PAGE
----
Inactivation Ceremony

for the world's first nuclear powered aircraft carrier the USS Enterprise was taking place. In that same area, I was either sending my father out to sea or waiting for him to return home from his deployments. 

While on assignment the other day, I stood amid the crowd thinking about the orange ice cream popsicles my dad would often buy me from the little market that used to sit just a few hundred yards from the water. His homecomings ran like clockwork. First my father would disembark from the ship and of course my mother, sister, and I would run and hug him. Next we'd all hop into the ol' brown Chevy Impala to head home, but not before my dad stopped and bought ice cream for my sister and I. It meant the world to me.

Mid-day dream and just as I was about to leave the dock and call it a day, retired Petty Officer 3rd Class George Mallory caught my eye. I watched him closely and for a split moment his eyes spoke what his words would later confirm. "It's like attending a funeral, I'm sad to see her go," said Mallory while reflecting about his time serving on the

USS Enterprise

from 1961- 63. 

After swapping a few stories we went our separate ways. I walked away, like Mr. Mallory, I too was moved by the memories of yesteryears.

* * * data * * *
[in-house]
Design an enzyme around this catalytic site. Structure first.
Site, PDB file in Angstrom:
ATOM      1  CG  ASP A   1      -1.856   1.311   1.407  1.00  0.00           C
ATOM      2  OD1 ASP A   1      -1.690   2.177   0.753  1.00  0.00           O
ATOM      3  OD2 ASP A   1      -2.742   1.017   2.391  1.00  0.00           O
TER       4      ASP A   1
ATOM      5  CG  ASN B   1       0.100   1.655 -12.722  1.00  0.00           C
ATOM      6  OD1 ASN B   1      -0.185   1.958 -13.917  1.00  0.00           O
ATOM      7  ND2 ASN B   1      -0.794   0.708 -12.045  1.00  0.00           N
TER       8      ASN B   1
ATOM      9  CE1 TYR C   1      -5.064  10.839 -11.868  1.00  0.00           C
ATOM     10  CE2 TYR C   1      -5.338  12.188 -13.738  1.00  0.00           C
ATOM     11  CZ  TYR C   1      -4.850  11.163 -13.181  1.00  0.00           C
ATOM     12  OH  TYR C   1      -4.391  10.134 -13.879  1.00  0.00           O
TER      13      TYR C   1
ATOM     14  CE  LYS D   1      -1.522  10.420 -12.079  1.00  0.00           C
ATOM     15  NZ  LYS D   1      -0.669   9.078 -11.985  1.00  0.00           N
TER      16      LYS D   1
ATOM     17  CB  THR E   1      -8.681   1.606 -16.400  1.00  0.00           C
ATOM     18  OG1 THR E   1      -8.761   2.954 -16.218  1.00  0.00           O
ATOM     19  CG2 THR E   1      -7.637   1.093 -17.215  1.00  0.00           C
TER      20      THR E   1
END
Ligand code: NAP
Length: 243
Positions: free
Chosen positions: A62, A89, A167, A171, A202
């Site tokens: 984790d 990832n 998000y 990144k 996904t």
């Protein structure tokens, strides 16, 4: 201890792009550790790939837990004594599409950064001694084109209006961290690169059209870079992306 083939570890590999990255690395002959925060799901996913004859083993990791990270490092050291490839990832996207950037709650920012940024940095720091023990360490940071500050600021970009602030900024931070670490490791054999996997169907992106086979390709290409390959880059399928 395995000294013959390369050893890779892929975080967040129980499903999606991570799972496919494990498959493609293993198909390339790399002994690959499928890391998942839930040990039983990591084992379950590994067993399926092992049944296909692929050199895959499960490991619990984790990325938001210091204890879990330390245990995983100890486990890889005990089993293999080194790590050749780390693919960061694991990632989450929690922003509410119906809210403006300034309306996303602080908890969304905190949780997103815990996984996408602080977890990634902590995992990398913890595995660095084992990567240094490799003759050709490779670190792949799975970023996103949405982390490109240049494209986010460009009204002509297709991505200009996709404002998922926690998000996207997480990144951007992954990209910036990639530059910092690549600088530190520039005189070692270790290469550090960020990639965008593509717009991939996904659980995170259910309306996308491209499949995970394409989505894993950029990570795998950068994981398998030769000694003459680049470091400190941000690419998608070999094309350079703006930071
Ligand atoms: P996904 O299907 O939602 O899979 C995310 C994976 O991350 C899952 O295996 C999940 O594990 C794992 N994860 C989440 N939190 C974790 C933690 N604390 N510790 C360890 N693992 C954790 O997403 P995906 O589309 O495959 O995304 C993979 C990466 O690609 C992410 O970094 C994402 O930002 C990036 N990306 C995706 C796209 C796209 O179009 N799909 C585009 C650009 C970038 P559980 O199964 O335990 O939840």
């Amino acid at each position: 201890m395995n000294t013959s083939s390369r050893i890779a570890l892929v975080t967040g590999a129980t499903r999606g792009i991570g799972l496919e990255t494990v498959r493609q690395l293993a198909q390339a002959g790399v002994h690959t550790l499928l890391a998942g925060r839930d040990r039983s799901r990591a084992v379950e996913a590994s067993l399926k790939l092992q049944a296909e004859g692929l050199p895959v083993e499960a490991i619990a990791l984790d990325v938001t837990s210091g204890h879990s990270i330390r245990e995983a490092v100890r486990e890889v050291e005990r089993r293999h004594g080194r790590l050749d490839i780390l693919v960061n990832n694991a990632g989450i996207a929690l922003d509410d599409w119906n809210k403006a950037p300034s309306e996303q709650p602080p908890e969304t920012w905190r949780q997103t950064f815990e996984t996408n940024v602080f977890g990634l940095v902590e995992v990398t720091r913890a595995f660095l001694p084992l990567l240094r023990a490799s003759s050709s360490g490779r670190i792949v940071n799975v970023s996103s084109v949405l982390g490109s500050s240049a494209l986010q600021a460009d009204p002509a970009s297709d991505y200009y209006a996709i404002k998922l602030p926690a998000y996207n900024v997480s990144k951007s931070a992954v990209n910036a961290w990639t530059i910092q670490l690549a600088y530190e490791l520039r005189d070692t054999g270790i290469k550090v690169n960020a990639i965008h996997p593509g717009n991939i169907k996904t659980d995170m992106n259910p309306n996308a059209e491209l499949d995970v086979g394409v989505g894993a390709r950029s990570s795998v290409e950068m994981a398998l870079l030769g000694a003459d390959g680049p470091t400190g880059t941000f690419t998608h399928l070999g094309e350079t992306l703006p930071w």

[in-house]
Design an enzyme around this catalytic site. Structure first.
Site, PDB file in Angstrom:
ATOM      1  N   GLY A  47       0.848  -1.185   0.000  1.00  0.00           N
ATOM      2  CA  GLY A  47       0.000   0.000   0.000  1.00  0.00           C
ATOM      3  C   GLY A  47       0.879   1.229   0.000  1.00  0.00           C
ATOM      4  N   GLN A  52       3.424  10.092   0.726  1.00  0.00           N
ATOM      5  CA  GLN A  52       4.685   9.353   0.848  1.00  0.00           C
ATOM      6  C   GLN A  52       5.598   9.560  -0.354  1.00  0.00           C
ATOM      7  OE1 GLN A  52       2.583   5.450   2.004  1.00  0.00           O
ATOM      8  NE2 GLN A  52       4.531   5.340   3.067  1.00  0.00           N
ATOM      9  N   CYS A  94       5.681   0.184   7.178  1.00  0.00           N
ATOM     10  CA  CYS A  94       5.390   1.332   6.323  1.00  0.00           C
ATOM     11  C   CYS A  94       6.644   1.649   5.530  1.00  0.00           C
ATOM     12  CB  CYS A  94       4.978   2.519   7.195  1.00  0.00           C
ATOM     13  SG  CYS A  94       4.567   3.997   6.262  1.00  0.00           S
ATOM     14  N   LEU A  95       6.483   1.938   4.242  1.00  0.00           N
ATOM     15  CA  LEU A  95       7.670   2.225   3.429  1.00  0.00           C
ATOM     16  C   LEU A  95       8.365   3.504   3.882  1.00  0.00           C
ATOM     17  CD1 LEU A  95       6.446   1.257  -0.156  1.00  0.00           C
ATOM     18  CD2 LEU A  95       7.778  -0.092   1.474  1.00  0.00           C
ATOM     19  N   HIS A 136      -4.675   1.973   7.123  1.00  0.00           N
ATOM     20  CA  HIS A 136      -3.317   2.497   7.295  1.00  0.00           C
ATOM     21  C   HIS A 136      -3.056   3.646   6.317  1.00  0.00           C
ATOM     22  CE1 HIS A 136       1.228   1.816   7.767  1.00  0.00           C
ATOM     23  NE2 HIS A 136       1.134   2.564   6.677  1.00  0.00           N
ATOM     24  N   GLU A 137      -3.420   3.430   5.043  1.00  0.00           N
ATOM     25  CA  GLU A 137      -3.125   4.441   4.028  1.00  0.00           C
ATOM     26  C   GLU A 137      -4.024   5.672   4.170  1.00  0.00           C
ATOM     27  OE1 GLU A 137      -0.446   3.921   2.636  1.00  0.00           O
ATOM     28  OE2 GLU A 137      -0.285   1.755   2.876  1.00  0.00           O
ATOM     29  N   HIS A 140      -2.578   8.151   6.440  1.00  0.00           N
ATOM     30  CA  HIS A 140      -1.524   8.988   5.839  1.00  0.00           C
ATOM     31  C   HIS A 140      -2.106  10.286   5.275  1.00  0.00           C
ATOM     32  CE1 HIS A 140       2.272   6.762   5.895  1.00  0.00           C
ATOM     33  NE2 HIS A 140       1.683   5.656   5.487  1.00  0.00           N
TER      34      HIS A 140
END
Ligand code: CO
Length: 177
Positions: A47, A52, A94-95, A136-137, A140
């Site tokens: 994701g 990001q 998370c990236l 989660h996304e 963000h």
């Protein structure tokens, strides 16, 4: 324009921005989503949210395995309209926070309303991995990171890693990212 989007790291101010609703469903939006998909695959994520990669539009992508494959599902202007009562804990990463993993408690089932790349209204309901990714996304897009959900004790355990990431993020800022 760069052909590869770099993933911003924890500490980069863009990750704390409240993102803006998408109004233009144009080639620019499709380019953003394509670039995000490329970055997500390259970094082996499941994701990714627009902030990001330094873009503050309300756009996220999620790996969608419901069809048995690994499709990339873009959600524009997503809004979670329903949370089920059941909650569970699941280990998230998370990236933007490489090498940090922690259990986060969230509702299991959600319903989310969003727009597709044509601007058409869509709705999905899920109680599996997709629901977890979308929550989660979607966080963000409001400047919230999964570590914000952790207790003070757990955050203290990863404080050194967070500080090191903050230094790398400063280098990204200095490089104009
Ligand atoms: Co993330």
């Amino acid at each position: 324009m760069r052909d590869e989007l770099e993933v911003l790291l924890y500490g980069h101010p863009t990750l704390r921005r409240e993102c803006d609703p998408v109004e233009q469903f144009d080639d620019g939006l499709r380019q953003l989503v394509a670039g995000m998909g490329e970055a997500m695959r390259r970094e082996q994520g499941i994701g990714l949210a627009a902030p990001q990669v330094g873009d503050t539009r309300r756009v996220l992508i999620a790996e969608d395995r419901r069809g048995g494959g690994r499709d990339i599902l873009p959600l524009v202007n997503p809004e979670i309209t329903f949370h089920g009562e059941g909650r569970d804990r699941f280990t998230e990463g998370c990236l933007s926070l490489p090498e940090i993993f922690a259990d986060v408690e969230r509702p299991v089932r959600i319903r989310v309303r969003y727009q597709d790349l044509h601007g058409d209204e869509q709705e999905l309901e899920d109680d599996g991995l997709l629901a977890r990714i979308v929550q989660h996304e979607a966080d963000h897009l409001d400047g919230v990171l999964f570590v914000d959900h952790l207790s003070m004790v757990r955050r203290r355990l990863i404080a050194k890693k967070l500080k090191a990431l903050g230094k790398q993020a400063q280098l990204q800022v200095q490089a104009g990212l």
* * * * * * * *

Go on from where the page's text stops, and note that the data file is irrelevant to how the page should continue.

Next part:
The Yin and the Yang of Tench for: Dinstinction Magazine

The digital age has brought with it many welcomed advances in our lives today. There's such a long list of opportunities it has afforded us as a society I'll just skip making one. 

Let's face it, what would life be like today if everything was stuck in the era of snail mail and the analog phone? How did we ever exist without digital technology?

(Insert sarcastic tone here.)

Today Tench Phillips, co-owner of the vintage Naro Expanded Cinema in Norfolk, VA, is faced with the challenge of the digital age. "As early as next year, the movie industry will stop using 35mm film, the standard for more than a century and the only format the Naro uses. It will be replaced with movies in a digital format."